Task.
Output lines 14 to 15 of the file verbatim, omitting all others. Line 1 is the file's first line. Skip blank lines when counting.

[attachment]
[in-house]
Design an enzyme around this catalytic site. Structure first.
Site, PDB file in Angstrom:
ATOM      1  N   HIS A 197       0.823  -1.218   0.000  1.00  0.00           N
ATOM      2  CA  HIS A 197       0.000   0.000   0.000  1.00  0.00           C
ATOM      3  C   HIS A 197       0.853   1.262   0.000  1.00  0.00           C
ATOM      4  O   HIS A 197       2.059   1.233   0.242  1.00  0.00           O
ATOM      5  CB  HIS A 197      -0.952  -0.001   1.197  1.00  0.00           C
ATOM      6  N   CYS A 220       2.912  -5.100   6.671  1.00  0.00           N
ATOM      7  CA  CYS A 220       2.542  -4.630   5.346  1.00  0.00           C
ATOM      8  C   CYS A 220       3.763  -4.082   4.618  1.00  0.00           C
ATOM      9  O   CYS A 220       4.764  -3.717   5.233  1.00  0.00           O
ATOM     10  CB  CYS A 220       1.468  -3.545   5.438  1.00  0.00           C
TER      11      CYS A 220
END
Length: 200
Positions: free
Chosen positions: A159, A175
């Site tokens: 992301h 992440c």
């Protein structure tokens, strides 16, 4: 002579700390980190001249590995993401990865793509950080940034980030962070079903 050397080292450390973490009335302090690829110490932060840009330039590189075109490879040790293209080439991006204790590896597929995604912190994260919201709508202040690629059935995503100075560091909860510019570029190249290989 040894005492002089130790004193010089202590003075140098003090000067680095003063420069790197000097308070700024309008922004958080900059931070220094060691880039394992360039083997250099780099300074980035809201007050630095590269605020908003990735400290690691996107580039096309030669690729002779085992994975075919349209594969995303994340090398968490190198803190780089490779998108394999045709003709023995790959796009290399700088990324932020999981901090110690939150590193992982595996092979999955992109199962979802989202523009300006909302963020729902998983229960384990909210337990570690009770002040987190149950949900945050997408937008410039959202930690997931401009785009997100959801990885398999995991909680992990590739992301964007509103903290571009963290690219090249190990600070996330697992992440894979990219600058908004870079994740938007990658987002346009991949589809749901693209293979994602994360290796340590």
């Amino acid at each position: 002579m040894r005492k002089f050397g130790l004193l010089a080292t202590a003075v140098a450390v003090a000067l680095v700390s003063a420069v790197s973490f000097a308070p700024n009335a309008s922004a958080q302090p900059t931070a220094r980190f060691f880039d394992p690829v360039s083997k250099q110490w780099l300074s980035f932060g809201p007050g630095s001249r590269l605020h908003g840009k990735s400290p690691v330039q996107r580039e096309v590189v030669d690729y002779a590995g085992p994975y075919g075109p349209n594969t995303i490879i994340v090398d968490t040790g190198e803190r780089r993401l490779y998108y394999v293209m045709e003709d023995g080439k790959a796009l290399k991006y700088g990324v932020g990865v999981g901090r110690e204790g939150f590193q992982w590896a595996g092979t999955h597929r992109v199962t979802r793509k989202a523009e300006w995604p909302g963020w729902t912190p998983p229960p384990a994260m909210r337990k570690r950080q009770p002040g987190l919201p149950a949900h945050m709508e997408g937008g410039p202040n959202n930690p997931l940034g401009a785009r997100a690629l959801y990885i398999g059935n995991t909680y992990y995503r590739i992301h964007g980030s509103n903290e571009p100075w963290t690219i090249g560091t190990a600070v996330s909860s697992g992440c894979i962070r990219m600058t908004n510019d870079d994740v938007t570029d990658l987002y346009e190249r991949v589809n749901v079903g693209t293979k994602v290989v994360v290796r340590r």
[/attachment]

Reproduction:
TER      11      CYS A 220
END